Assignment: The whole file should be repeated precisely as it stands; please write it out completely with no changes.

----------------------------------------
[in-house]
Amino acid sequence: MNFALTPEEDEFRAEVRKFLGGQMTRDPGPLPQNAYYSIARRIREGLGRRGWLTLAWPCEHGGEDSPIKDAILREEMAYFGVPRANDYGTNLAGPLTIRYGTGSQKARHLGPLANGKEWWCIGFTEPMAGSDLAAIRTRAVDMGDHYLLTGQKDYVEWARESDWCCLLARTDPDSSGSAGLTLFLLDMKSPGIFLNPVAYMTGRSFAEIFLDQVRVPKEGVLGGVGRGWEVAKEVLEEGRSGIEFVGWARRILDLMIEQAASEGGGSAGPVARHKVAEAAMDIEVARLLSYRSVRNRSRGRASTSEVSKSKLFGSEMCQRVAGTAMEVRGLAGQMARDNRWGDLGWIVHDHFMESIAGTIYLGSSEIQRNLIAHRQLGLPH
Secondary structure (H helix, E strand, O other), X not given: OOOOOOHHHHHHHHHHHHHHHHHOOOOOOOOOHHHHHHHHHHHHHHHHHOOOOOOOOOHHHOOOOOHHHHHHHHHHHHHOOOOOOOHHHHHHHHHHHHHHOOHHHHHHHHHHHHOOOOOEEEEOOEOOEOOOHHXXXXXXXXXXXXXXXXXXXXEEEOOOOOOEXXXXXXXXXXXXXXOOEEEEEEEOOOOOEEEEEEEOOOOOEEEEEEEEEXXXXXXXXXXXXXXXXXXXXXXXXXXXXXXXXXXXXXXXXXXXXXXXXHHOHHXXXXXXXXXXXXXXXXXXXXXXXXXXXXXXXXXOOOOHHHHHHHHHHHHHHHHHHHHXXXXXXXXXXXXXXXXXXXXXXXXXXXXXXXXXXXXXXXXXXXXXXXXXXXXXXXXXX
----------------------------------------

[in-house]
Amino acid sequence: MNFALTPEEDEFRAEVRKFLGGQMTRDPGPLPQNAYYSIARRIREGLGRRGWLTLAWPCEHGGEDSPIKDAILREEMAYFGVPRANDYGTNLAGPLTIRYGTGSQKARHLGPLANGKEWWCIGFTEPMAGSDLAAIRTRAVDMGDHYLLTGQKDYVEWARESDWCCLLARTDPDSSGSAGLTLFLLDMKSPGIFLNPVAYMTGRSFAEIFLDQVRVPKEGVLGGVGRGWEVAKEVLEEGRSGIEFVGWARRILDLMIEQAASEGGGSAGPVARHKVAEAAMDIEVARLLSYRSVRNRSRGRASTSEVSKSKLFGSEMCQRVAGTAMEVRGLAGQMARDNRWGDLGWIVHDHFMESIAGTIYLGSSEIQRNLIAHRQLGLPH
Secondary structure (H helix, E strand, O other), X not given: OOOOOOHHHHHHHHHHHHHHHHHOOOOOOOOOHHHHHHHHHHHHHHHHHOOOOOOOOOHHHOOOOOHHHHHHHHHHHHHOOOOOOOHHHHHHHHHHHHHHOOHHHHHHHHHHHHOOOOOEEEEOOEOOEOOOHHXXXXXXXXXXXXXXXXXXXXEEEOOOOOOEXXXXXXXXXXXXXXOOEEEEEEEOOOOOEEEEEEEOOOOOEEEEEEEEEXXXXXXXXXXXXXXXXXXXXXXXXXXXXXXXXXXXXXXXXXXXXXXXXHHOHHXXXXXXXXXXXXXXXXXXXXXXXXXXXXXXXXXOOOOHHHHHHHHHHHHHHHHHHHHXXXXXXXXXXXXXXXXXXXXXXXXXXXXXXXXXXXXXXXXXXXXXXXXXXXXXXXXXX